Heavy Duty Trucking

JUL 2014

The Fleet Business Authority

Issue link: https://heavydutytrucking.epubxp.com/i/344801

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Page 38 of 95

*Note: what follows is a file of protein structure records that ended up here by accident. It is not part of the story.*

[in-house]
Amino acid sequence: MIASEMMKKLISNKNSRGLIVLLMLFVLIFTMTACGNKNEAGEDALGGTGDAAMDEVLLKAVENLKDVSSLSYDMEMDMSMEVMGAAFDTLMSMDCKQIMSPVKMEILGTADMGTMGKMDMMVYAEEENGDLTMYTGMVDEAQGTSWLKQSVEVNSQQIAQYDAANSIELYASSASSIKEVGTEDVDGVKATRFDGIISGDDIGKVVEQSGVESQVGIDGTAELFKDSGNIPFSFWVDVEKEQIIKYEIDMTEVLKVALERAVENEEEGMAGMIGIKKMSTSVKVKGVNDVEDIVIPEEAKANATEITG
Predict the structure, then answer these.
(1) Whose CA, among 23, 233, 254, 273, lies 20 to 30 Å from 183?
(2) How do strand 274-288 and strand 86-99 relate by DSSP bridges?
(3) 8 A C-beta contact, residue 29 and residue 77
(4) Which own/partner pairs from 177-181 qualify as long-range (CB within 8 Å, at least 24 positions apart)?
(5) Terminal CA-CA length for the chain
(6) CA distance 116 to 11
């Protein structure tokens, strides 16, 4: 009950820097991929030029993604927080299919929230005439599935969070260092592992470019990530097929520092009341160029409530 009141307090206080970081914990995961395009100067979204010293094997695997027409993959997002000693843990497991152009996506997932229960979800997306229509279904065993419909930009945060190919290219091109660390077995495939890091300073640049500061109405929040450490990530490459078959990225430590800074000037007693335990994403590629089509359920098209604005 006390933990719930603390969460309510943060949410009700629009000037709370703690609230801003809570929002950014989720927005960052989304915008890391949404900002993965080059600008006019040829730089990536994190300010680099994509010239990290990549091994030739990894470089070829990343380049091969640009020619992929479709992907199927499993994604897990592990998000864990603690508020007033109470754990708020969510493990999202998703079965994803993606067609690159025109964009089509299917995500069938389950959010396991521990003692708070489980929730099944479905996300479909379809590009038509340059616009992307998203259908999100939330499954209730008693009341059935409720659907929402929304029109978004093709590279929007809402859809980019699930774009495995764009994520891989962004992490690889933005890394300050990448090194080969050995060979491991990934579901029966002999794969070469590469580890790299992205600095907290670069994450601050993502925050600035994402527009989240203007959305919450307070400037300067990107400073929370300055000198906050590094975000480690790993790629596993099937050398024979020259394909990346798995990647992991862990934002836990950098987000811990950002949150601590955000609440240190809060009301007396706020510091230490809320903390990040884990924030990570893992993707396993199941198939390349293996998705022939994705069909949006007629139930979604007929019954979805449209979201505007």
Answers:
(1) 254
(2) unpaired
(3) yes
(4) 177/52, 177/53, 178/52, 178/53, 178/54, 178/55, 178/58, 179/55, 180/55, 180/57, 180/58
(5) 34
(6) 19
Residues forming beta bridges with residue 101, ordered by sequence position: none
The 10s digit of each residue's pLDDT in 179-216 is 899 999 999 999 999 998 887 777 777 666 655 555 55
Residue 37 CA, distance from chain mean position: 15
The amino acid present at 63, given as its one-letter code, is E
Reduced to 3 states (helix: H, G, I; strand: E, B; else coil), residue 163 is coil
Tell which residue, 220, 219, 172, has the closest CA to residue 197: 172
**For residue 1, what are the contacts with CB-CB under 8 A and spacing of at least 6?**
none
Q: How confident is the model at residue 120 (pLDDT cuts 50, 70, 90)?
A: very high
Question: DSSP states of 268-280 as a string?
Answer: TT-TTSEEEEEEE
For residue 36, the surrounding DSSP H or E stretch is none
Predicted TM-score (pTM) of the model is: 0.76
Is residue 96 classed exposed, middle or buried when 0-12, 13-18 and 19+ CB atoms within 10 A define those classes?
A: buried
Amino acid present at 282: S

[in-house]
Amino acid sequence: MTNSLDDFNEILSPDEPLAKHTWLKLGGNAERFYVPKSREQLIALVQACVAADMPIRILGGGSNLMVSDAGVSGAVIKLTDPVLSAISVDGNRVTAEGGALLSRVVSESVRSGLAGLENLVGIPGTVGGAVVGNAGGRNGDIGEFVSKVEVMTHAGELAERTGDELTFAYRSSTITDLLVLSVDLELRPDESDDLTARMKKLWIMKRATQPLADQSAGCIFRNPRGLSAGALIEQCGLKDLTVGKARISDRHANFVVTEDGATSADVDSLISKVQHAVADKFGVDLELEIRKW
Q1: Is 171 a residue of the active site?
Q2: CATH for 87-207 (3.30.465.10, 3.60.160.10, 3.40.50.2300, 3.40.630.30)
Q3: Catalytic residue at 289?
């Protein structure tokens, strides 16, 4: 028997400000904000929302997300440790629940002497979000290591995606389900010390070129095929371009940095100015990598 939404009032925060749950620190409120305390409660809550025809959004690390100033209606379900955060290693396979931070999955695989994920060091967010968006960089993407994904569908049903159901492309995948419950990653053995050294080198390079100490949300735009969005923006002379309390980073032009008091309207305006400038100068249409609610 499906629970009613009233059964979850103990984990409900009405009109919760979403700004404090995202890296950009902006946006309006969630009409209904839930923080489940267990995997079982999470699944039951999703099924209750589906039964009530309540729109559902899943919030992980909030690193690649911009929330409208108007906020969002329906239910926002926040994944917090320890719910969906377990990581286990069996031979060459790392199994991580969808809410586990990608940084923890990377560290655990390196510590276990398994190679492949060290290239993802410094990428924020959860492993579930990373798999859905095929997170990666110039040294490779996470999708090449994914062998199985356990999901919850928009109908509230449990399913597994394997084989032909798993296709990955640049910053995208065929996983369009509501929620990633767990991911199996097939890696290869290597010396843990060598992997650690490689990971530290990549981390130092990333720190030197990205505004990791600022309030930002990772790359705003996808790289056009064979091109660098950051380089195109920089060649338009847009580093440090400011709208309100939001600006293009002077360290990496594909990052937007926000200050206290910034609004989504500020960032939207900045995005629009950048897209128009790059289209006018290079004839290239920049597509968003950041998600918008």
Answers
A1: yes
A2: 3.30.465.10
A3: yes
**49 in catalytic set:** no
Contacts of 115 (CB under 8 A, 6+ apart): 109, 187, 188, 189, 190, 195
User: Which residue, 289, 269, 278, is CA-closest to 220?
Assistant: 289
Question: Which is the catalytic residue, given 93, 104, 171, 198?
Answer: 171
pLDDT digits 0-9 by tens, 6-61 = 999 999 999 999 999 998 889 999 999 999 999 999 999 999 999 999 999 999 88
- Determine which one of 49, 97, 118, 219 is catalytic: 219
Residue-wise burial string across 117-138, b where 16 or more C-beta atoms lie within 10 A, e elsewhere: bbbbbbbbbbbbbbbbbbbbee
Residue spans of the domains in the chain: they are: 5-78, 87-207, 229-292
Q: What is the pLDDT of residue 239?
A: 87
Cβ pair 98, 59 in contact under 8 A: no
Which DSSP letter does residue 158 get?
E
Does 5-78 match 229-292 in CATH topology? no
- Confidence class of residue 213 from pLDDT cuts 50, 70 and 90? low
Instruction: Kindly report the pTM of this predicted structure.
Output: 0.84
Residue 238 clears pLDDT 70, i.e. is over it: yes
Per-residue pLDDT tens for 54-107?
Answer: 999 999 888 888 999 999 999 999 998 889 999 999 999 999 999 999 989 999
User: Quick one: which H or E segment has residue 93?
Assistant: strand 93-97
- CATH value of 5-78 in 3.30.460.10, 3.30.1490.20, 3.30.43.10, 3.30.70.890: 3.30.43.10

www.truckinginfo.com JULY 2014 • HDT 35 position of Canada's top carriers. Company president and owner, Louie Tolaini, a veteran driver who started trucking the late 1950s with a truck that didn't even have a driver's door, says he's quite im- pressed with the SmartAdvantage combo so far. "It's the first time I can remember a manufacturer promising something and the product performing even better than they said it would," he says. "Drivers complain about their seats, for heaven's sake, but I haven't yet heard a complaint about this new engine and transmission." The SmartAdvantage uses an interesting trans- mission that has a lot in common with the manual version, called Fuller Advantage. Eaton's Ryan Trzy- binski, Product Planning manager for NAFTA Com- mercial Vehicle Business, says the Advantage concept for both products is based on a new precision lubrica- tion system that sprays lubricant directly into the gear mesh rather than relying on the traditional oil bath to splash lubrication throughout the case. "The reduced churning losses with the precision lube system can improve fuel economy by 1.5% to 2%," he says. "On top of that, the oil cooler has been eliminated, saving more weight and up to 12 feet of tubing. We also changed some non-stress bearing parts of the housing from cast iron to aluminum, saving a total of about 82 pounds on the SmartAd- vantage system." The difference between the manual and automated versions of the Fuller Advantage transmission is the final gear ratio and the step between 9th and 10th gears. The manual version has a 0.73:1 final ratio, while the automated version used in the SmartAdvan- tage powertrain has a 0.80:1 final drive. The step between the top two gears is 26% rather than the more traditional 37% step found in the manual. While the intermediate-sized 26% step between 4th and 5th and 9th and 10th might baffle an inexperienced driver using a manual shifter, the automation handles it with aplomb. "We went with a smaller step between the top two gears to keep the engine within the sweet spot of the fuel map as much as possible," says Trzybinski. "We worked more closely with Cummins than we have ever done, sharing fuel maps, grade and mass calculations and more, to downspeed the entire drive line. Our goal, using a 2.64:1 drive axle, was an engine speed of 1,145 rpm at the fleet's intended cruise speed. It will shift between 9th and 10th more often than a traditional overdrive, but that's inten- tional to keep the engine speed in the most fuel-efficient range as much as possible." The truck I drove had a slightly different axle ratio, 2.92:1 rather than 2.64:1, likely because of Canada's high- er gross weights and dearth of Interstate-like highways. I • Cummins ISX15, 450 hp @ 1,800 rpm / 1,550-1,750 lb-ft @ 1,000 rpm ST2 • Fuller Advantage FAOM15810S-EC3, 10-speed automated • 1810 HD driveline • Dana DSP41, 40,000-lb axles 2.93:1 ratio • 65 mph max in top gear, 62 mph max cruise speed • GCW: 81,080 lb weighed on a Cat scale (legal in Canada) SPECIFICATIONS Eaton's Advantage driver interface is easy to use, and the upshift and downshift are in exactly the right place. noted engine and road speeds of 1,200 rpm in 10th gear at 62 mph, 1,075 rpm in 10th gear at 55 mph, 1,500 rpm in 9th gear at 62 mph and 1,200 rpm in 9th gear at 50 mph. Gearing the truck the way Eaton recommends would produce engine speeds about 50 rpm lower than I observed. Cummins says peak torque in the top two gears is 1,750 pounds-feet at a fuel-sipping 1,000 rpm. That gives the engine plenty of latitude before downshifting. Cruising on level ground, the ISX usually drifted down to 1,050 before downshifting. On a slight grade the transmission down- shifted from 10th to 9th at 1,050 at 58 mph. There are no hills anywhere close to where I started in Winnipeg that would demand a downshift from 9th to 8th, but I did run over a railroad overpass -- about 2%, I estimate -- several times at different speeds to simulate a sustained pull. Starting into the hill at 50 mph in 9th gear, it downshifted into 8th at 1,050 rpm. From a full stop up to cruise speed, this transmission proved to be the smoothest-shifting Eaton automated I've ever driven. I don't think the engine ever exceeded 1,300 rpm under normal, unhurried acceleration. With my foot right into it, it climbed to 1,400 a couple of times, but that was the exception. The truck I drove had an rev limiter set to 1,600 rpm,

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